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I am currently performing an analysis in which we are hoping to develop a risk score for a survival outcome using machine learning techniques. Currently, our process is as follows:

  1. Split randomly into training and test data by ID

  2. Use imputation to replace missing values in the training data. Save this imputation scheme, and reuse to replace missing values in the testing data.

  3. Fit models on the training data

  4. Create predictions on the testing data and compute Harrell's c-index

Now, it seems that easiest the way to get a 95% CI for the c-index is to use bootstrapping. However, because of the various steps of our analysis, I am not certain when in the process to perform the resampling procedure. My thoughts are that this could either happen at the very beginning, before data is even split into training and testing, or it could happen directly after the imputation step. Is there a general rule which makes it clear when to perform the resampling in this case?

EDIT: A third option I've seen is resampling ONLY in the test data to avoid the computational expense of having to refit 1000 models. This does seem like the only feasible option for my computational capacity, but I'm sure there are disadvantages to this approach...

EDIT 2: There are fewer than 1000 events in the dataset and around 4000 individuals, so censoring is quite high. I've used glmnet to fit the models, and to my understanding, these use Harrell's c-index as the performance metric when fitting the models. So, I'm not sure if there would be a problem in using another metric to define model performance when the package seems to use the c-index. Also not sure how best to compare something like the elastic net and a survival random forest in this context with something likelihood-based, which was part of the appeal of the c-index.

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    $\begingroup$ Two questions. First, how many "events" do you have? Unless there are many thousands, the train/test split might be suboptimal. Second, are you wedded to the C-index for evaluating your models? That can be a useful summary of a single model, but even Harrell finds it less sensitive than likelihood-based measures for comparisons among models. Please address those issues by editing the question, as comments are easy to overlook and can get lost. $\endgroup$
    – EdM
    Commented Sep 7, 2021 at 12:57
  • $\begingroup$ I've added a second edit above to clarify these points. Thank you! $\endgroup$
    – NB3
    Commented Sep 7, 2021 at 14:09
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    $\begingroup$ @NB3 This may be a better question for datamethods, Frank's discourse site. $\endgroup$ Commented Sep 7, 2021 at 14:14

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Three points here.

First, the train/test split is not a good idea with so few cases. Frank Harrell estimates you need on the order of 20,000 cases for that to be superior to internal validation vis bootstrap. As it's the events that provide the power in survival modeling, maybe you would need that many events, not just that many cases.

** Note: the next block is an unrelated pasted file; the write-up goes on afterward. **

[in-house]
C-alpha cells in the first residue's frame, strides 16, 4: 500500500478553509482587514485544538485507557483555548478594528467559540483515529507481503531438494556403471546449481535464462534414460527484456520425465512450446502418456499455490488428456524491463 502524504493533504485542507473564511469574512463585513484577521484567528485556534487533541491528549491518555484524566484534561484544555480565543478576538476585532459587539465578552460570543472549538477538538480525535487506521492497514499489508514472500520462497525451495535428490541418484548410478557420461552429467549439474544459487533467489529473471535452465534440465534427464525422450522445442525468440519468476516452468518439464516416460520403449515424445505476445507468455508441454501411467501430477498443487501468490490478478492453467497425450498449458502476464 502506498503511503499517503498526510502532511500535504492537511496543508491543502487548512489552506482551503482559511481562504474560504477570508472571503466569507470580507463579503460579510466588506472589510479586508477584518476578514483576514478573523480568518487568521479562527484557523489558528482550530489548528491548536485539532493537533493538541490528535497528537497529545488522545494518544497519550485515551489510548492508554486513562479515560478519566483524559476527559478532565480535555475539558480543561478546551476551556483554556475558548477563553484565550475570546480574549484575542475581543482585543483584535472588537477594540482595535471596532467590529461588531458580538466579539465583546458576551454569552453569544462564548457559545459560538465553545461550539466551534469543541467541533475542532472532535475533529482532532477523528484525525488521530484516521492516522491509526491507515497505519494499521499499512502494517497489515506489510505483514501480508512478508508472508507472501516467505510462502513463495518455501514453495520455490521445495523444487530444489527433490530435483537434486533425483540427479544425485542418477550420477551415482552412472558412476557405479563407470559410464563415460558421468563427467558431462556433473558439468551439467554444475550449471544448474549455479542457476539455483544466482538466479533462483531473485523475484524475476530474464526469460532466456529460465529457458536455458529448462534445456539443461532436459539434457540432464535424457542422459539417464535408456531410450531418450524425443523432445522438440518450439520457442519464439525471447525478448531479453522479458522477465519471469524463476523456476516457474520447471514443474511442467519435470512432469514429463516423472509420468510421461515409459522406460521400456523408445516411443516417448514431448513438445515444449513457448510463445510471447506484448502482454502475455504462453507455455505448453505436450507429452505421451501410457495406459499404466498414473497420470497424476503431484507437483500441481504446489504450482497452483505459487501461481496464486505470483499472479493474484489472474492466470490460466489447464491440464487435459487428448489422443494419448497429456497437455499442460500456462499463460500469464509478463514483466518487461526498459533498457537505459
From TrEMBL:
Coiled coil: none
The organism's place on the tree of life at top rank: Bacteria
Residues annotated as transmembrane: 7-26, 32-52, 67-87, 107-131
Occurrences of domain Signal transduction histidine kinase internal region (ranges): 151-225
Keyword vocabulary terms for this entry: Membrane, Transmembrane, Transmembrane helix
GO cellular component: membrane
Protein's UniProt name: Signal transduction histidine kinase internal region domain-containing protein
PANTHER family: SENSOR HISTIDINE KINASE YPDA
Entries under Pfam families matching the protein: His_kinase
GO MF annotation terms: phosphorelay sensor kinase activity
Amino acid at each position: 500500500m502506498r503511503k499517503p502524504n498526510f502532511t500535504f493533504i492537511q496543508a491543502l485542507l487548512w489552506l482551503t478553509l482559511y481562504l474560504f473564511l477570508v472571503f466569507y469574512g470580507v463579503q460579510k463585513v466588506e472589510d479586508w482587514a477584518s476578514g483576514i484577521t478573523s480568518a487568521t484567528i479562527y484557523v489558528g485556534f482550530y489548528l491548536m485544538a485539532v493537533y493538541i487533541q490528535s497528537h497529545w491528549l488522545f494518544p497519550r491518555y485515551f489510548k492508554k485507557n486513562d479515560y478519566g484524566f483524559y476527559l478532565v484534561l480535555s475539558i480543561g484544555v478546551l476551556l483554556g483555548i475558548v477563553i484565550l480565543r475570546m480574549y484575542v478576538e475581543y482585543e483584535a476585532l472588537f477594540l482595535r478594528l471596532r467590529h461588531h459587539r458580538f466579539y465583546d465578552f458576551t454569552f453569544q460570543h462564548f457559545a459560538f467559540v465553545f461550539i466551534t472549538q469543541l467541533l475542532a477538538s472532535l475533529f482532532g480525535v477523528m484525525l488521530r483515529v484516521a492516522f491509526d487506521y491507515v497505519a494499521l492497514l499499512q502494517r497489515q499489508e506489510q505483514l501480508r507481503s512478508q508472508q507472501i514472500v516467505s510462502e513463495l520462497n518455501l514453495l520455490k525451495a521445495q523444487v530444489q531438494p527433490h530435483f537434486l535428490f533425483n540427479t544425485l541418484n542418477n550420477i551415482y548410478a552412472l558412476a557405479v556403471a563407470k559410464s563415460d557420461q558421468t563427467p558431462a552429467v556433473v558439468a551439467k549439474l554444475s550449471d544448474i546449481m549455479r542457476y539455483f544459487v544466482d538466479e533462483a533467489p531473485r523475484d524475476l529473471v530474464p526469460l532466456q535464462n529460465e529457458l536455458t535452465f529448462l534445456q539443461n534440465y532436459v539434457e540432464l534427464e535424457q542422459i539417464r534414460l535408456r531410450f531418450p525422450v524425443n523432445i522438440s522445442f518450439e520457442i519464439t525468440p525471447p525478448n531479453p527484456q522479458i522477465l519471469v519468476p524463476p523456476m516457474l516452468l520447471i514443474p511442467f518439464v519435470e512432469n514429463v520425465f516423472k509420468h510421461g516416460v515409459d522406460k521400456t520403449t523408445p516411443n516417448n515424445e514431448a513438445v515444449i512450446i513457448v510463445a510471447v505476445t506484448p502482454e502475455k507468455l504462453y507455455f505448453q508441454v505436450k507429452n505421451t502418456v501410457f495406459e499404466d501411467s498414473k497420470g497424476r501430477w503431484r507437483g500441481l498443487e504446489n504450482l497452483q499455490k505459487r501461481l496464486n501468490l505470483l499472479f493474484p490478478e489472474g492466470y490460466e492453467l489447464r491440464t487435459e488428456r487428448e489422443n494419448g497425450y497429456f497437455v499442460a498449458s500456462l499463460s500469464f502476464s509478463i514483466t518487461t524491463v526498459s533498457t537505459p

See this answer and this thread, among others on this site, and Harrell's resources for how to use the bootstrap to evaluate model overfitting and calibration internally without test/train splits.

Second, the default criterion for cross-validation of survival modeling in glmnet is partial likelihood. A vignette does illustrate use of the alternative, the C-index, which can lead to some confusion about the default. It admittedly might be difficult to compare different types of models with likelihood-based criteria, as Cox models use partial likelihood while parametric models use full likelihood.

The C-index might end up OK with a couple of thousand events, but with smaller data sets I recall seeing very unstable plots of C-index versus penalization factor. So I'd recommend sticking with (partial) likelihood for building models even if it can't readily be used for comparing among model types.

Third, with respect to how to combine imputation and optimism bootstrapping, I'll defer to Stef van Buuren:

It is not yet clear what the best way is to estimate optimism from incomplete data.

The discussion there is in the context of backward stepwise regression, but the considerations of overfitting and model calibration are general. Possibilities enumerated in that section of van Buuren's book are: (1) modeling each of your imputated datasets to see what's due to the missing data; (2) bootstrapping extensively from one imputed set to see what's due to sampling variations; (3) bootstrapping on each of your imputed datasets to evaluate contributions to variability from sampling and missing data; (4) doing imputation on each of a set of bootstrapped samples.

The last of those seems closest to implementing the bootstrap principle: taking each bootstrap sample from your dataset mimics the process of taking your dataset from the underlying population. So repeating the entire modeling process on multiple bootstrapped samples, while evaluating performance against the full dataset, would seem to provide the best estimate of how well modeling from your dataset would work when applied to the underlying population. I don't know, however, if it has superior performance in practice. That section of van Buuren's book contains references to this study on the topic and to some alternate approaches for predictor selection as with LASSO.

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